October NAFTA value marks first decline streak since 2016
December 20, 2019
The U.S. Department of Transportation’s Bureau of Transportation Statistics reports that in October trucks moved nearly 64% of NAFTA freight – with trains, planes, ships and pipelines picking up the rest. Cross-border freight suffered its largest year-to-year loss in October, while at the same time experiencing the second-largest monthly gain for the year.
The value of freight hauled across the borders increased by 5.6% compared with September, when NAFTA freight declined by 3.5% compared with the previous month. October’s monthly increase is the largest since March, when freight went up by nearly 14%.
Compared to October 2018, freight was down 3.3% after a 0.2% year-to-year decrease in September and a 1.7% decrease in August. December’s decrease last year broke a 25-month streak of year-to-year increases. This marks the first streak of year-to-year decreases since 2016. August 2016 broke a long year-to-year decline streak that began in January 2015 and lasted through July 2016.
In 2018, NAFTA freight decreased by 1% compared to the previous year, with 62% of that freight carried by trucks. October’s monthly increase puts cross-border freight at a 13.5% increase for the year so far.
Trucks carried more than $68 billion of the more than $107 billion of cross-border imports and exports in October, up nearly 7% from September but down nearly 3% compared with October 2018.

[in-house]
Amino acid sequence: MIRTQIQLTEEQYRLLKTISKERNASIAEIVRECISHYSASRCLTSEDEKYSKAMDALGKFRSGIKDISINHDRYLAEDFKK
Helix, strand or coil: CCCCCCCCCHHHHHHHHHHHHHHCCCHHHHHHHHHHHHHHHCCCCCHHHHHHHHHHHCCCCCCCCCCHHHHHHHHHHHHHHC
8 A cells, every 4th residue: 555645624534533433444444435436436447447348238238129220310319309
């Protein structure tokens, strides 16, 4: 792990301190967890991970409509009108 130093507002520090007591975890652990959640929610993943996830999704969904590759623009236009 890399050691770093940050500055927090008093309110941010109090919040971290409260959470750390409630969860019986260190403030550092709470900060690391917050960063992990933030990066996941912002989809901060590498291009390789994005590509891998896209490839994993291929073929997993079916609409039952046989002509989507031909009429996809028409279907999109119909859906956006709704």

Year-to-year, Canada truck freight decreased by 2.5%, whereas Mexico freight decreased by 3%. Top truck commodities were computers and parts, motor vehicles and parts, electrical machinery, plastics, and measuring/testing instruments.
Freight totaled $107.1 billion, up significantly by nearly $6 billion from the previous month but a decrease of nearly $4 billion from October 2018. This is the third-highest monthly NAFTA Value. May’s NAFTA value was $109.8 billion, followed by March at $107.2 billion.
Vessel freight accounted for the largest decrease at 9% after a decrease of 12% in September. For the fourth consecutive month, air freight experienced the highest year-to-year increase. In fact, air freight experienced the only increase at 17%.
Nearly 56% of U.S.-Canada freight was moved by trucks, followed by rail at 15%. Of the more than $53 billion of freight moving in and out of Mexico, trucks carried nearly 72% of the loads.